The 10 happiest UK cities to live and work in

BRIGHTON, ENGLAND - APRIL 22: People enjoy the beach during the warm weather on Bank Holiday Easter Monday on April 22, 2019 in Brighton, England.  This Easter weekend has broken previous hot weather records with the warm weather expected to continue into next week. (Photo by Andrew Hasson/Getty Images)

Brighton and Swansea are the happiest cities to live and work in the UK, research shows.

A survey of 2,000 Brits by job board CV-Library has revealed 59% of people feel happy every single day, with this figure rising significantly amongst professionals working in certain cities.

Brighton and Swansea topped the list, while workers in Bristol and Nottingham are some of the unhappiest, according to CV-Library.

Nine in 10 (86%) of Brits living in Brighton said they feel happy every day, closely followed by 75% of those living in Swansea and 70% of those in Glasgow.

Almost as many people — 67% — feel happy every day in York, while 63% do in Lincoln, Belfast, and Edinburgh. A little less, 61%, feel happy every day in Birmingham and London.

With six in 10 workers saying they are happy every day, Manchester steals tenth place.

What's more, according to the data, a further 57% of Brits enjoy their job.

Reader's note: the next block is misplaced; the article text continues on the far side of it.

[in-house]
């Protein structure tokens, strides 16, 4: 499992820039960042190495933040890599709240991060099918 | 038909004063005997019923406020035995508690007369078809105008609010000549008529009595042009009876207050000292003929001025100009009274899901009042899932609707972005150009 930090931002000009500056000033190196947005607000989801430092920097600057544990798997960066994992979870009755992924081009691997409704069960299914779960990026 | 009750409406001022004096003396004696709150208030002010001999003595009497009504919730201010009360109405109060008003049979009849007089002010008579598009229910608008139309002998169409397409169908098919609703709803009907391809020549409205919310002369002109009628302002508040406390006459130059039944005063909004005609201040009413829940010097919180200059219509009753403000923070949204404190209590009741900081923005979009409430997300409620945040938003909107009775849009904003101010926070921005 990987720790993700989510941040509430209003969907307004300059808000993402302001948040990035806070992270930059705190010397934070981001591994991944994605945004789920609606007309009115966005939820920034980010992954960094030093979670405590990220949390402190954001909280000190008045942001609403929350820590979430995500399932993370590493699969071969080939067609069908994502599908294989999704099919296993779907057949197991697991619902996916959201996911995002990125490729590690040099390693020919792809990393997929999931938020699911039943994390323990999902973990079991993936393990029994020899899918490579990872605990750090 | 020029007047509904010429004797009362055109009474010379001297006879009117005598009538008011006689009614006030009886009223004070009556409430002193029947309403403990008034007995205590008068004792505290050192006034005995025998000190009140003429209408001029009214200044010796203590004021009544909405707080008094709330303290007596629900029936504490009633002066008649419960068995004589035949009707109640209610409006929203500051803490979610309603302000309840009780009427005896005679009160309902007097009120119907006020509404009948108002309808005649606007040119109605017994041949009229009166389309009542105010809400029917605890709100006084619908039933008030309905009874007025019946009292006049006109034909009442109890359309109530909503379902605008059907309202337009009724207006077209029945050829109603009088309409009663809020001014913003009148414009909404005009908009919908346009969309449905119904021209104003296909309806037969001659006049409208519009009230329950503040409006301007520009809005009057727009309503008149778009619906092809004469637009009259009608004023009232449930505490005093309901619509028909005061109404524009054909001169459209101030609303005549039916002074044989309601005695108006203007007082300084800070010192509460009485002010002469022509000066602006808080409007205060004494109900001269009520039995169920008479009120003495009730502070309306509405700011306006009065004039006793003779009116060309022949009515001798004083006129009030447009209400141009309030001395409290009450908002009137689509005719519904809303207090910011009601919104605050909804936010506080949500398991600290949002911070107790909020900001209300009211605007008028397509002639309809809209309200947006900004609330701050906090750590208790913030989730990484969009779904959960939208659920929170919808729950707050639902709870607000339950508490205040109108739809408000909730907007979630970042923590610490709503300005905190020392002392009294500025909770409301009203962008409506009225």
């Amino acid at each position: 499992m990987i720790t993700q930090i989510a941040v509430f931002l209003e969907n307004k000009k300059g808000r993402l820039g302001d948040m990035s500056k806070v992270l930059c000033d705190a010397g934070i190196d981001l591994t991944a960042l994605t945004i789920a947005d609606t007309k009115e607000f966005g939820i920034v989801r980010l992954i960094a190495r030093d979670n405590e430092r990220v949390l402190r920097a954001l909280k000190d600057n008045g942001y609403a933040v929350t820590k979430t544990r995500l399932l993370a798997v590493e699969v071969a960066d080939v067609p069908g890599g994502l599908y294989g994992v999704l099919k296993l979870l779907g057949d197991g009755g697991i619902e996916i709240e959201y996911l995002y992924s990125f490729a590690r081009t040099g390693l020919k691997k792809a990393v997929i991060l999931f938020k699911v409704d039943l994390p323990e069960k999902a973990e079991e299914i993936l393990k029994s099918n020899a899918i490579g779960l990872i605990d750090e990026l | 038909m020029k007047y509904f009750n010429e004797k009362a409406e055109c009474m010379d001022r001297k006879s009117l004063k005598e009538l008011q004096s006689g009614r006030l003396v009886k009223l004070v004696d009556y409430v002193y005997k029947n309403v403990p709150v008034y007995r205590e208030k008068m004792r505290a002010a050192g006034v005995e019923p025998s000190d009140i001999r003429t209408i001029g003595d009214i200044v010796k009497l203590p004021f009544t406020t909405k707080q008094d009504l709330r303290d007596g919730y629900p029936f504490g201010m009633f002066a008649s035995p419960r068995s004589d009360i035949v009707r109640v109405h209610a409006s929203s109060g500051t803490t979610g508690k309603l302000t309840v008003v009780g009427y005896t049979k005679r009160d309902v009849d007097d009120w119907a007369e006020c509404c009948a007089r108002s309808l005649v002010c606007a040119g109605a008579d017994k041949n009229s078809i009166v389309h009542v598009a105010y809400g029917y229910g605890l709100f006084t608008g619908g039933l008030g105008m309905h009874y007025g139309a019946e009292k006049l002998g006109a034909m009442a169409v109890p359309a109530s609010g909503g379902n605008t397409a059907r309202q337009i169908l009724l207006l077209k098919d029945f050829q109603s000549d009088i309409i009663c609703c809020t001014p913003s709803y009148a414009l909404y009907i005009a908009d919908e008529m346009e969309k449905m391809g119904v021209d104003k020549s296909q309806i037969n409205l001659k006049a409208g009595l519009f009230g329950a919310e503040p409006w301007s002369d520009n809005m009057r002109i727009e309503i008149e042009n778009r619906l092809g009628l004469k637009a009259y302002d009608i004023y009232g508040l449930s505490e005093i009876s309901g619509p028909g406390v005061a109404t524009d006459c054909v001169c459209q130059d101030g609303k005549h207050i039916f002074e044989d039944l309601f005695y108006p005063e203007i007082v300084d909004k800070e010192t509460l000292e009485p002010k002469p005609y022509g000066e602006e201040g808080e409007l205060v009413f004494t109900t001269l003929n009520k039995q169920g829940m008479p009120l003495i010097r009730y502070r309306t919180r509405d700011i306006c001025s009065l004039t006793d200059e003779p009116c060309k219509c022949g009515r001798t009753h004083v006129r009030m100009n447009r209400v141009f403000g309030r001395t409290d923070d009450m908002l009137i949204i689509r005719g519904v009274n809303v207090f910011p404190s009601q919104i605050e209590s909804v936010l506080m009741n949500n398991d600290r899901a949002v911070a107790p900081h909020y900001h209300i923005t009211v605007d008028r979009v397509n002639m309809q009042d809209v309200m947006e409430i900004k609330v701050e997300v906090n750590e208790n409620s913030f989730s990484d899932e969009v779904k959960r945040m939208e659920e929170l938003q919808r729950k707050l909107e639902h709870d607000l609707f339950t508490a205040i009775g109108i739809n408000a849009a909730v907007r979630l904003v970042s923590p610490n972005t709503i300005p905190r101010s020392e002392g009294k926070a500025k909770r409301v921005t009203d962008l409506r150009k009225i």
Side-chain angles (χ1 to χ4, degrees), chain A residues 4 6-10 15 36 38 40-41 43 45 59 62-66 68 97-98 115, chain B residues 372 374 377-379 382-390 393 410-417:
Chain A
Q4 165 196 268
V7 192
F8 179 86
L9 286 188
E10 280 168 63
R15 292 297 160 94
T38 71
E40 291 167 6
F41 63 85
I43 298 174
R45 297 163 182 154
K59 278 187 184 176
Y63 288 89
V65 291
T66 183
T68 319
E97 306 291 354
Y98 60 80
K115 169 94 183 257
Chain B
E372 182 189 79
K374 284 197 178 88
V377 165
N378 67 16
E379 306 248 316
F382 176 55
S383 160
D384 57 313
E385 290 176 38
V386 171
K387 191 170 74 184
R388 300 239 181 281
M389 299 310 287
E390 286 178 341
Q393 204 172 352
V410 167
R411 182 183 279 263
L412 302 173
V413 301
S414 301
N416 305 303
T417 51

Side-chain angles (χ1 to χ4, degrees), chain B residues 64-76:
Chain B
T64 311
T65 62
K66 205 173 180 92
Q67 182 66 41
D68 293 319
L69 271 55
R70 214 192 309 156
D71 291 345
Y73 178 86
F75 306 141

This figure rose substantially for professionals in Glasgow (74%), Cambridge (68%), and Brighton (64%).

On the other hand, three in five Brits living in Nottingham and Bristol said they do not feel happy every day, putting them well below the national average for happiness and making them the two unhappiest cities in the UK.

Similarly, 55% of those living in Cardiff, 53% in Bristol, and 52% in Cambridge said they do not feel happy every day.

Southampton (49%), Newcastle (46%), Bristol (44%), Oxford (44%), Bournemouth (43%), and Sheffield (42%) also made this list.

"At a time of constant negativity in the press, it's fantastic to see the majority of Brits still feel happy on a daily basis," Lee Biggins, CEO of CV-Library, said.

"If you are struggling, it's important to really consider what's making you unhappy.

"Make a list and try to think of solutions. Maybe it's time to find a new job, start a new hobby, or even take some time out to think about your goals."

- This article first appeared on Yahoo

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